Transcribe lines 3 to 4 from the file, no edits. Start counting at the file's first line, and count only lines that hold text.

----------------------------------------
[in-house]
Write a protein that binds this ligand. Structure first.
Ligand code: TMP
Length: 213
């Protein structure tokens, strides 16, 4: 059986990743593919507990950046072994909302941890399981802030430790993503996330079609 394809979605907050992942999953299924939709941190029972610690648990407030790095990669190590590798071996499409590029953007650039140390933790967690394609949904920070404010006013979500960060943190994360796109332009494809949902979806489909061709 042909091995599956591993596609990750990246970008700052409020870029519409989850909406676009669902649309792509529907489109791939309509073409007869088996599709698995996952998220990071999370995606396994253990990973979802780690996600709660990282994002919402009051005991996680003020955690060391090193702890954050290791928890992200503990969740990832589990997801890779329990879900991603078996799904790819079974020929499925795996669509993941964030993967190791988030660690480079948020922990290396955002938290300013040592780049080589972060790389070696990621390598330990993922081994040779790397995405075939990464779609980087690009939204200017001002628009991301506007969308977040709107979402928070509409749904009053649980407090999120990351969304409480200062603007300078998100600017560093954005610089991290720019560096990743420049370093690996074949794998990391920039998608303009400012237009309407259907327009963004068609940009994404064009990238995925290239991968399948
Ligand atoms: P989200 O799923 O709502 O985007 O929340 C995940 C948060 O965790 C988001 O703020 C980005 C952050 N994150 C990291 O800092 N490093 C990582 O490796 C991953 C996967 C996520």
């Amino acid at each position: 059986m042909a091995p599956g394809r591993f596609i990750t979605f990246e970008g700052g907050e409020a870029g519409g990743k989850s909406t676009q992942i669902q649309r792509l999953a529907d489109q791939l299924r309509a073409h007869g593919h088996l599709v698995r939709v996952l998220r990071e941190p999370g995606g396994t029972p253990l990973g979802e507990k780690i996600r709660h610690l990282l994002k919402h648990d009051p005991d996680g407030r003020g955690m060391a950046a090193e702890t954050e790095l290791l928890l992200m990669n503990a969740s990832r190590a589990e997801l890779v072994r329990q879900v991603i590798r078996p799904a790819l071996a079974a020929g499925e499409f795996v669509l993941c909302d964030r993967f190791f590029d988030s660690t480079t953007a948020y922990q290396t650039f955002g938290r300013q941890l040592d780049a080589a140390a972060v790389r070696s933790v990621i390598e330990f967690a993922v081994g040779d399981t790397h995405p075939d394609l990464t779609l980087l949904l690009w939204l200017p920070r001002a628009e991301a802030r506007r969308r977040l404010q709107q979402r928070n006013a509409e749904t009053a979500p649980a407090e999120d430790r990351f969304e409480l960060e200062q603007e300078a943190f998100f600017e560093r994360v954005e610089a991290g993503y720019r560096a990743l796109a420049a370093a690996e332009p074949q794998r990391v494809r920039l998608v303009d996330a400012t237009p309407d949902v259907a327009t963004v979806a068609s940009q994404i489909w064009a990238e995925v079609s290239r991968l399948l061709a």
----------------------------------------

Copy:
Ligand code: TMP
Length: 213